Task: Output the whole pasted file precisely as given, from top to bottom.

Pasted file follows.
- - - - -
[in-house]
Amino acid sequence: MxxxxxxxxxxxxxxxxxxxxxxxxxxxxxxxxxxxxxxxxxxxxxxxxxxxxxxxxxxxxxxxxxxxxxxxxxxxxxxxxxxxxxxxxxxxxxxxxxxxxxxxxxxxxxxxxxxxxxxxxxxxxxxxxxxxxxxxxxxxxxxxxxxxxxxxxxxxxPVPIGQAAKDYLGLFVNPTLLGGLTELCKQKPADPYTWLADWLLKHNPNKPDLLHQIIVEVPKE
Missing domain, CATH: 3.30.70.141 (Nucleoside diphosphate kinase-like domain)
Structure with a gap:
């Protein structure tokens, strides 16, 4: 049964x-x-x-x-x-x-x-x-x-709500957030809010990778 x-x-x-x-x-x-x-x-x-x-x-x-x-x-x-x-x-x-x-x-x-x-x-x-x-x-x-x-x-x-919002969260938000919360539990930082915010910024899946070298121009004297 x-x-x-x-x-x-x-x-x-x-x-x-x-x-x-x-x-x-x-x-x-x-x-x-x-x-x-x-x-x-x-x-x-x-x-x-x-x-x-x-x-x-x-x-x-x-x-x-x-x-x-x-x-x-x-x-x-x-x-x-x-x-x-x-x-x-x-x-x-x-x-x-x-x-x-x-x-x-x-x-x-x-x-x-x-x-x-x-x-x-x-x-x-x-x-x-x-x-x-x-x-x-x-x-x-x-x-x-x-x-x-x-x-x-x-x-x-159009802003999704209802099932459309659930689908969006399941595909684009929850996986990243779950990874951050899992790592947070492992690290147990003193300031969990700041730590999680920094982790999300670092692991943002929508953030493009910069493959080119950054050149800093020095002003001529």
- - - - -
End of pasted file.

[in-house]
Amino acid sequence: MxxxxxxxxxxxxxxxxxxxxxxxxxxxxxxxxxxxxxxxxxxxxxxxxxxxxxxxxxxxxxxxxxxxxxxxxxxxxxxxxxxxxxxxxxxxxxxxxxxxxxxxxxxxxxxxxxxxxxxxxxxxxxxxxxxxxxxxxxxxxxxxxxxxxxxxxxxxxPVPIGQAAKDYLGLFVNPTLLGGLTELCKQKPADPYTWLADWLLKHNPNKPDLLHQIIVEVPKE
Missing domain, CATH: 3.30.70.141 (Nucleoside diphosphate kinase-like domain)
Structure with a gap:
């Protein structure tokens, strides 16, 4: 049964x-x-x-x-x-x-x-x-x-709500957030809010990778 x-x-x-x-x-x-x-x-x-x-x-x-x-x-x-x-x-x-x-x-x-x-x-x-x-x-x-x-x-x-919002969260938000919360539990930082915010910024899946070298121009004297 x-x-x-x-x-x-x-x-x-x-x-x-x-x-x-x-x-x-x-x-x-x-x-x-x-x-x-x-x-x-x-x-x-x-x-x-x-x-x-x-x-x-x-x-x-x-x-x-x-x-x-x-x-x-x-x-x-x-x-x-x-x-x-x-x-x-x-x-x-x-x-x-x-x-x-x-x-x-x-x-x-x-x-x-x-x-x-x-x-x-x-x-x-x-x-x-x-x-x-x-x-x-x-x-x-x-x-x-x-x-x-x-x-x-x-x-x-159009802003999704209802099932459309659930689908969006399941595909684009929850996986990243779950990874951050899992790592947070492992690290147990003193300031969990700041730590999680920094982790999300670092692991943002929508953030493009910069493959080119950054050149800093020095002003001529």